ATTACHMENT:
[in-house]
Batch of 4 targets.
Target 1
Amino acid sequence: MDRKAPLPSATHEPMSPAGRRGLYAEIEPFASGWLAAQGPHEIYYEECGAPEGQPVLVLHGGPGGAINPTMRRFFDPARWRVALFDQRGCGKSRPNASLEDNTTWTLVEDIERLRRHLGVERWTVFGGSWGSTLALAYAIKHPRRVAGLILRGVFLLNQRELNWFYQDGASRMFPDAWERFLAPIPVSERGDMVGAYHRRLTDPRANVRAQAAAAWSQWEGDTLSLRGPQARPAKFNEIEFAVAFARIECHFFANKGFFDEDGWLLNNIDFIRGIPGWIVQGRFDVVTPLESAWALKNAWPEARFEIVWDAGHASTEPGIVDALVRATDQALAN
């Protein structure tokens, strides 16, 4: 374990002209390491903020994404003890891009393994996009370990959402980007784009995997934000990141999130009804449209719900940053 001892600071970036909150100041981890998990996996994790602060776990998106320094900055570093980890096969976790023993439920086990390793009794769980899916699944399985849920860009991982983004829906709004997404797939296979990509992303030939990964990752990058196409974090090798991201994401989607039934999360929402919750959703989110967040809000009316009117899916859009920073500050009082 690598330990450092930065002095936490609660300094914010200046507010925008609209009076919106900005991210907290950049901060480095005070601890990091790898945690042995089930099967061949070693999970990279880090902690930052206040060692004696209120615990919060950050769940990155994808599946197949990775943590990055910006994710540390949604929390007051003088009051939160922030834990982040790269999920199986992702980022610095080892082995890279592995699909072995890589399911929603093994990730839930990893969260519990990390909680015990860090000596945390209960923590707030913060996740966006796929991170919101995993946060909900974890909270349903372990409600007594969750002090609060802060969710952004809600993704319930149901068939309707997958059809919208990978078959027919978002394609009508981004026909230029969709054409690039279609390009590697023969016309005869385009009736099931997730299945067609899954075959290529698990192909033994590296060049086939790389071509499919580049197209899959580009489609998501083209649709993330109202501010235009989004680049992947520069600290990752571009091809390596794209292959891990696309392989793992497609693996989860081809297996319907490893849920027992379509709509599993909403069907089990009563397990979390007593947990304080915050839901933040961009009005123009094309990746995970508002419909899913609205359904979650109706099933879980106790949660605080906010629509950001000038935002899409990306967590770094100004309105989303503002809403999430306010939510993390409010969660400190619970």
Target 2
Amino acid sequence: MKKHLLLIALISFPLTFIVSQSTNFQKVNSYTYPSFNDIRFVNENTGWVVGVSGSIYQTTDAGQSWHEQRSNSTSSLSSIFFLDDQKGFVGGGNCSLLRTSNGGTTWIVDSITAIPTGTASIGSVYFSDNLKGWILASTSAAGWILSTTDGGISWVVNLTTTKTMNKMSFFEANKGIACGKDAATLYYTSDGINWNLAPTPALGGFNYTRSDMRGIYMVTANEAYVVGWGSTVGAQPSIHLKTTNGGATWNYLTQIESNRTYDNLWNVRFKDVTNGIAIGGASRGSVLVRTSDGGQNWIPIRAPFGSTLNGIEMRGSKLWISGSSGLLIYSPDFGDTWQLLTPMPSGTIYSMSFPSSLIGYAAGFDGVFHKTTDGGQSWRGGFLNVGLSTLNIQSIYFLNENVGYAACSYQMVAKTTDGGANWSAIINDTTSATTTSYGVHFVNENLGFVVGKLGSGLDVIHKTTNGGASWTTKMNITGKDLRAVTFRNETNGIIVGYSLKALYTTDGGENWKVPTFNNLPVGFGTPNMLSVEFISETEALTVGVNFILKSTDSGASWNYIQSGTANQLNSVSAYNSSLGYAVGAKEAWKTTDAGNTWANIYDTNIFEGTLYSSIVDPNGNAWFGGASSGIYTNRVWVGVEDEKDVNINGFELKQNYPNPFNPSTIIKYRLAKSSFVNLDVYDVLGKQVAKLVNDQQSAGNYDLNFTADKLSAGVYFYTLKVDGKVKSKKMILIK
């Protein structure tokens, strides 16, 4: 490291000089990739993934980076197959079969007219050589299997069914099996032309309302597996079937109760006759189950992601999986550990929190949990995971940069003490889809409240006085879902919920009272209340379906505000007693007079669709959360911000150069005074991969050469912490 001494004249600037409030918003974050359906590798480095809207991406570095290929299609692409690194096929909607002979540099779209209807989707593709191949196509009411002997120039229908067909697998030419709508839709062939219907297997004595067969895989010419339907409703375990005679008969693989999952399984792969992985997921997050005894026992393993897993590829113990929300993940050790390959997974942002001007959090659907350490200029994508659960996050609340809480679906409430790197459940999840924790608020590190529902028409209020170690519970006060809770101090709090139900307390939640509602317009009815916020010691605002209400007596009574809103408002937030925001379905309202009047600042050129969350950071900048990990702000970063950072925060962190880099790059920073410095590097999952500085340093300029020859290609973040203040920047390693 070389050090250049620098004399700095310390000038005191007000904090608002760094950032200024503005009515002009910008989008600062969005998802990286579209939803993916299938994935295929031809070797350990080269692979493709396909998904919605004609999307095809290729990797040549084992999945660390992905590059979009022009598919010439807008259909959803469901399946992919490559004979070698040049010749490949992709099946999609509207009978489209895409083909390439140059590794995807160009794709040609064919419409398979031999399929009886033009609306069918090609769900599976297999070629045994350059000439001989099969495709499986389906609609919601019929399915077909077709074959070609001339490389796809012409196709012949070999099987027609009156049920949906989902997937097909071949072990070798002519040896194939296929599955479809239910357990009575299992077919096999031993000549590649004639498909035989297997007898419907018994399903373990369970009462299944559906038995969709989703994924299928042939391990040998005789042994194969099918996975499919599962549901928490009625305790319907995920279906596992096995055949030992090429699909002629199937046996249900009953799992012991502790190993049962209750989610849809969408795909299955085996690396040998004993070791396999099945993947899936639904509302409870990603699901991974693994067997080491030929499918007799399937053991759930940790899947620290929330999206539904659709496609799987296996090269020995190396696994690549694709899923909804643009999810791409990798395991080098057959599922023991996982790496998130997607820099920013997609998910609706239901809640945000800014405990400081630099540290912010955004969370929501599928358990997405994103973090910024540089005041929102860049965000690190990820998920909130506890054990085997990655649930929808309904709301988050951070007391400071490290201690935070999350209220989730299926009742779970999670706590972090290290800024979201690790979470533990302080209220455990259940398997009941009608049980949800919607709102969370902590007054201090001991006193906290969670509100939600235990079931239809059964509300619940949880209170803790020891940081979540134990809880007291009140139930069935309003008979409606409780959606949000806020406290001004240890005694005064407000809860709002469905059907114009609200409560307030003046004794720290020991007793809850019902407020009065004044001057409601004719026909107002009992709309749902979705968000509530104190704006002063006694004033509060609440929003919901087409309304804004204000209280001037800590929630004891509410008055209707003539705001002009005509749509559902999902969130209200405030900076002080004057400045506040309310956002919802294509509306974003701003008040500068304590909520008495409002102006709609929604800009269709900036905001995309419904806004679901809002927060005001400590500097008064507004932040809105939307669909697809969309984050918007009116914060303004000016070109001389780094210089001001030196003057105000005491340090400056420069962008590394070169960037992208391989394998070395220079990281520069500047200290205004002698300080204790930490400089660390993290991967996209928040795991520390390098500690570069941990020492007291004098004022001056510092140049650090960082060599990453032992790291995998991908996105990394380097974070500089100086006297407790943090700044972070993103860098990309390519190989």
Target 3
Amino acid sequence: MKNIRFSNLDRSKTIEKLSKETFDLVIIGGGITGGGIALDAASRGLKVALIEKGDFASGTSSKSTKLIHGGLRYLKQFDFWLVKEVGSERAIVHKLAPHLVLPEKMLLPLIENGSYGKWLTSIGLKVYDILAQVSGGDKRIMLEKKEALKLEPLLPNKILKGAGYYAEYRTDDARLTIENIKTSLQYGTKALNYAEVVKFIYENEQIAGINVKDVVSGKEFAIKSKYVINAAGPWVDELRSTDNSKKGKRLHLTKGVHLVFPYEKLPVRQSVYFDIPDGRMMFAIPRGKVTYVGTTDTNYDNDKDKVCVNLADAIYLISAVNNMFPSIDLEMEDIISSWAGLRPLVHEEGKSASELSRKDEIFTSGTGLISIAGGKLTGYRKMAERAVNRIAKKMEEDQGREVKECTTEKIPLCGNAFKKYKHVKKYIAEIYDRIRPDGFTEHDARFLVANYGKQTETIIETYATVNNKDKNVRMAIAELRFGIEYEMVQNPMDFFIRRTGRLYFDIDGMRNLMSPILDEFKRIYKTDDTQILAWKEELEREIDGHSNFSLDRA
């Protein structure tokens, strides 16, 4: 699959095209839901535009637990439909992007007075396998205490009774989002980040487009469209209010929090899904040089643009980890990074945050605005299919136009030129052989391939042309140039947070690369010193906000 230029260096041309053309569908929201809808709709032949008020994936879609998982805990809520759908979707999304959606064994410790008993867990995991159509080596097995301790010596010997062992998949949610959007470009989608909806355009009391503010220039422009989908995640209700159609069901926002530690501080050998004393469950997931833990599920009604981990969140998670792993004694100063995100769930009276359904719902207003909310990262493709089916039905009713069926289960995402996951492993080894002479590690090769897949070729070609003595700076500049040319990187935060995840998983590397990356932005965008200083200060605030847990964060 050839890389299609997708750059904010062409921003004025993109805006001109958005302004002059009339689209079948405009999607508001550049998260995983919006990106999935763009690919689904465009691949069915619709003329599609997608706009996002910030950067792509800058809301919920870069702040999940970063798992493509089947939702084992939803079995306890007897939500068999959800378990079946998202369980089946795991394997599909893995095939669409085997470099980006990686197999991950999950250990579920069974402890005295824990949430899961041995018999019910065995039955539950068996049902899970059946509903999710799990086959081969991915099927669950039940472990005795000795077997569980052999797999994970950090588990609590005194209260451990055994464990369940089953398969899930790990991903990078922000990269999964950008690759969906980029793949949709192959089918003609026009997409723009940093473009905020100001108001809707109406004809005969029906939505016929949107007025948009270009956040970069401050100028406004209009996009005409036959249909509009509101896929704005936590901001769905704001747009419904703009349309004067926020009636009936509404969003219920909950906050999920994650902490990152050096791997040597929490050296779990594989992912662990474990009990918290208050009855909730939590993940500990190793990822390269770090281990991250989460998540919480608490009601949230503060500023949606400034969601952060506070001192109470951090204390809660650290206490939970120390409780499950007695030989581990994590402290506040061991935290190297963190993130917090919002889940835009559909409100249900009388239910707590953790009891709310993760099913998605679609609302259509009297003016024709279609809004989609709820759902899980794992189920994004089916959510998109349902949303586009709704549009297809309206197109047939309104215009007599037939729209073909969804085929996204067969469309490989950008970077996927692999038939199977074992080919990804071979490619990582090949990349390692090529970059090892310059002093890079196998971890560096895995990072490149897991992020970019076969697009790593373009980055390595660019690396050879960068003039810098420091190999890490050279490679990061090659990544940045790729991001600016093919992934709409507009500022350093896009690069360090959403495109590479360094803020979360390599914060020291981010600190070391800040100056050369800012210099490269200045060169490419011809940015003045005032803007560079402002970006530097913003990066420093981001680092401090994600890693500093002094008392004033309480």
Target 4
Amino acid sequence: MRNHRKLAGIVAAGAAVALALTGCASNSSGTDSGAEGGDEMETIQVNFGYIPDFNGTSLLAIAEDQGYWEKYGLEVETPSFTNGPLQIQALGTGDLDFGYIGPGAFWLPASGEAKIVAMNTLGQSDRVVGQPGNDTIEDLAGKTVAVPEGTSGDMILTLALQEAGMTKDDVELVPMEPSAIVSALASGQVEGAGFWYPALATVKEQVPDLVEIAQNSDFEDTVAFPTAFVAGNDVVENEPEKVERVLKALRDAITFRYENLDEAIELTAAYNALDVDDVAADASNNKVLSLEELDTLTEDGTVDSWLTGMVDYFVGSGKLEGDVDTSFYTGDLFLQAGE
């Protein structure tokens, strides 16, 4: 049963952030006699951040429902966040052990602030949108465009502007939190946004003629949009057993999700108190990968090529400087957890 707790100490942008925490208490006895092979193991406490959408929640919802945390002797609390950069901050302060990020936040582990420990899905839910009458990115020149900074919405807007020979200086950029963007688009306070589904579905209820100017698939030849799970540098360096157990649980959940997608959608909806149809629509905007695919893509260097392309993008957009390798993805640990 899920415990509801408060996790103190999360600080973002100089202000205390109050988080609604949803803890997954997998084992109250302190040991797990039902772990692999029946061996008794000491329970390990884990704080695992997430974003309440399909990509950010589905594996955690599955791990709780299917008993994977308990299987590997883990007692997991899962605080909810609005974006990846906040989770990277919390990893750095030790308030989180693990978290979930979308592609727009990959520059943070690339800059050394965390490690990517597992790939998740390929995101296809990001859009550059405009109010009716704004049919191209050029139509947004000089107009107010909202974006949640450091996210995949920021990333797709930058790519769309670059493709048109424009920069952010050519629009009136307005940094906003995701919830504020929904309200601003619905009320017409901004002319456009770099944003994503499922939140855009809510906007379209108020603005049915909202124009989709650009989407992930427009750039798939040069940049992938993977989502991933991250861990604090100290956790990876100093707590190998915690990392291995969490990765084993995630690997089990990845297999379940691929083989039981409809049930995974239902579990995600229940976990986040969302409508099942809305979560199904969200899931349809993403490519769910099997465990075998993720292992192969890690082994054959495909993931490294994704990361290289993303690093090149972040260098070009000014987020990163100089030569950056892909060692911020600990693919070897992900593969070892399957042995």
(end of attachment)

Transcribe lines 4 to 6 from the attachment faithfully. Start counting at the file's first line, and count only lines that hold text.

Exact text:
Amino acid sequence: MDRKAPLPSATHEPMSPAGRRGLYAEIEPFASGWLAAQGPHEIYYEECGAPEGQPVLVLHGGPGGAINPTMRRFFDPARWRVALFDQRGCGKSRPNASLEDNTTWTLVEDIERLRRHLGVERWTVFGGSWGSTLALAYAIKHPRRVAGLILRGVFLLNQRELNWFYQDGASRMFPDAWERFLAPIPVSERGDMVGAYHRRLTDPRANVRAQAAAAWSQWEGDTLSLRGPQARPAKFNEIEFAVAFARIECHFFANKGFFDEDGWLLNNIDFIRGIPGWIVQGRFDVVTPLESAWALKNAWPEARFEIVWDAGHASTEPGIVDALVRATDQALAN
């Protein structure tokens, strides 16, 4: 374990002209390491903020994404003890891009393994996009370990959402980007784009995997934000990141999130009804449209719900940053 001892600071970036909150100041981890998990996996994790602060776990998106320094900055570093980890096969976790023993439920086990390793009794769980899916699944399985849920860009991982983004829906709004997404797939296979990509992303030939990964990752990058196409974090090798991201994401989607039934999360929402919750959703989110967040809000009316009117899916859009920073500050009082 690598330990450092930065002095936490609660300094914010200046507010925008609209009076919106900005991210907290950049901060480095005070601890990091790898945690042995089930099967061949070693999970990279880090902690930052206040060692004696209120615990919060950050769940990155994808599946197949990775943590990055910006994710540390949604929390007051003088009051939160922030834990982040790269999920199986992702980022610095080892082995890279592995699909072995890589399911929603093994990730839930990893969260519990990390909680015990860090000596945390209960923590707030913060996740966006796929991170919101995993946060909900974890909270349903372990409600007594969750002090609060802060969710952004809600993704319930149901068939309707997958059809919208990978078959027919978002394609009508981004026909230029969709054409690039279609390009590697023969016309005869385009009736099931997730299945067609899954075959290529698990192909033994590296060049086939790389071509499919580049197209899959580009489609998501083209649709993330109202501010235009989004680049992947520069600290990752571009091809390596794209292959891990696309392989793992497609693996989860081809297996319907490893849920027992379509709509599993909403069907089990009563397990979390007593947990304080915050839901933040961009009005123009094309990746995970508002419909899913609205359904979650109706099933879980106790949660605080906010629509950001000038935002899409990306967590770094100004309105989303503002809403999430306010939510993390409010969660400190619970």
Target 2